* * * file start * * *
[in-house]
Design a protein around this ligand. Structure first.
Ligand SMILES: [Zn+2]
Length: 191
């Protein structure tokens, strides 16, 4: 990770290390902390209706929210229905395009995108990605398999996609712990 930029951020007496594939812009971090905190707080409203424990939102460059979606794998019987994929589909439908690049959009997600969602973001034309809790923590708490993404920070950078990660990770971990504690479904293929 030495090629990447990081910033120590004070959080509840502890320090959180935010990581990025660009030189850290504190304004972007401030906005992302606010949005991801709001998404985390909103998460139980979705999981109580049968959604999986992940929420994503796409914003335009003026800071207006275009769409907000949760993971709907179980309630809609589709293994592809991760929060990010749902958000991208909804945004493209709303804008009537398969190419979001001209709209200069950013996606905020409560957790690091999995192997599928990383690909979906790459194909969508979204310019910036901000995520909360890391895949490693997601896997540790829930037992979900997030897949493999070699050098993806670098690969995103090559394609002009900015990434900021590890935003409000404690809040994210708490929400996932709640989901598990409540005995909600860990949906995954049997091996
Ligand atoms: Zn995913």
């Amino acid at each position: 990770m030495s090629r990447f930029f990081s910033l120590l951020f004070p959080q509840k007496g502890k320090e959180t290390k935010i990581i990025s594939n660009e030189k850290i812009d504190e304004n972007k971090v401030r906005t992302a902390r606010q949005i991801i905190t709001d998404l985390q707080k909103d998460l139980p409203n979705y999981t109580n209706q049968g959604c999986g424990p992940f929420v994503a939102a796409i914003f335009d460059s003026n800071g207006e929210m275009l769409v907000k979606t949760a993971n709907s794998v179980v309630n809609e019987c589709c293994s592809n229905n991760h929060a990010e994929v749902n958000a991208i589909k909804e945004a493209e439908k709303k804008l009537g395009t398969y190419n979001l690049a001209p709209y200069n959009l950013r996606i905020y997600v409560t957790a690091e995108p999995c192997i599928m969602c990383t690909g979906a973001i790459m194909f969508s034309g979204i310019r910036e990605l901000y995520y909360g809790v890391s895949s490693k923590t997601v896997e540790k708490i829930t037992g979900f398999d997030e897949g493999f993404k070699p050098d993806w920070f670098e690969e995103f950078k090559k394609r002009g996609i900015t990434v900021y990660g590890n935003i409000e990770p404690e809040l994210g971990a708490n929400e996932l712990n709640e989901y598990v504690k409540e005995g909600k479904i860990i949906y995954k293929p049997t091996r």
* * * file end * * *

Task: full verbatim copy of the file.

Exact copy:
[in-house]
Design a protein around this ligand. Structure first.
Ligand SMILES: [Zn+2]
Length: 191
């Protein structure tokens, strides 16, 4: 990770290390902390209706929210229905395009995108990605398999996609712990 930029951020007496594939812009971090905190707080409203424990939102460059979606794998019987994929589909439908690049959009997600969602973001034309809790923590708490993404920070950078990660990770971990504690479904293929 030495090629990447990081910033120590004070959080509840502890320090959180935010990581990025660009030189850290504190304004972007401030906005992302606010949005991801709001998404985390909103998460139980979705999981109580049968959604999986992940929420994503796409914003335009003026800071207006275009769409907000949760993971709907179980309630809609589709293994592809991760929060990010749902958000991208909804945004493209709303804008009537398969190419979001001209709209200069950013996606905020409560957790690091999995192997599928990383690909979906790459194909969508979204310019910036901000995520909360890391895949490693997601896997540790829930037992979900997030897949493999070699050098993806670098690969995103090559394609002009900015990434900021590890935003409000404690809040994210708490929400996932709640989901598990409540005995909600860990949906995954049997091996
Ligand atoms: Zn995913």
């Amino acid at each position: 990770m030495s090629r990447f930029f990081s910033l120590l951020f004070p959080q509840k007496g502890k320090e959180t290390k935010i990581i990025s594939n660009e030189k850290i812009d504190e304004n972007k971090v401030r906005t992302a902390r606010q949005i991801i905190t709001d998404l985390q707080k909103d998460l139980p409203n979705y999981t109580n209706q049968g959604c999986g424990p992940f929420v994503a939102a796409i914003f335009d460059s003026n800071g207006e929210m275009l769409v907000k979606t949760a993971n709907s794998v179980v309630n809609e019987c589709c293994s592809n229905n991760h929060a990010e994929v749902n958000a991208i589909k909804e945004a493209e439908k709303k804008l009537g395009t398969y190419n979001l690049a001209p709209y200069n959009l950013r996606i905020y997600v409560t957790a690091e995108p999995c192997i599928m969602c990383t690909g979906a973001i790459m194909f969508s034309g979204i310019r910036e990605l901000y995520y909360g809790v890391s895949s490693k923590t997601v896997e540790k708490i829930t037992g979900f398999d997030e897949g493999f993404k070699p050098d993806w920070f670098e690969e995103f950078k090559k394609r002009g996609i900015t990434v900021y990660g590890n935003i409000e990770p404690e809040l994210g971990a708490n929400e996932l712990n709640e989901y598990v504690k409540e005995g909600k479904i860990i949906y995954k293929p049997t091996r």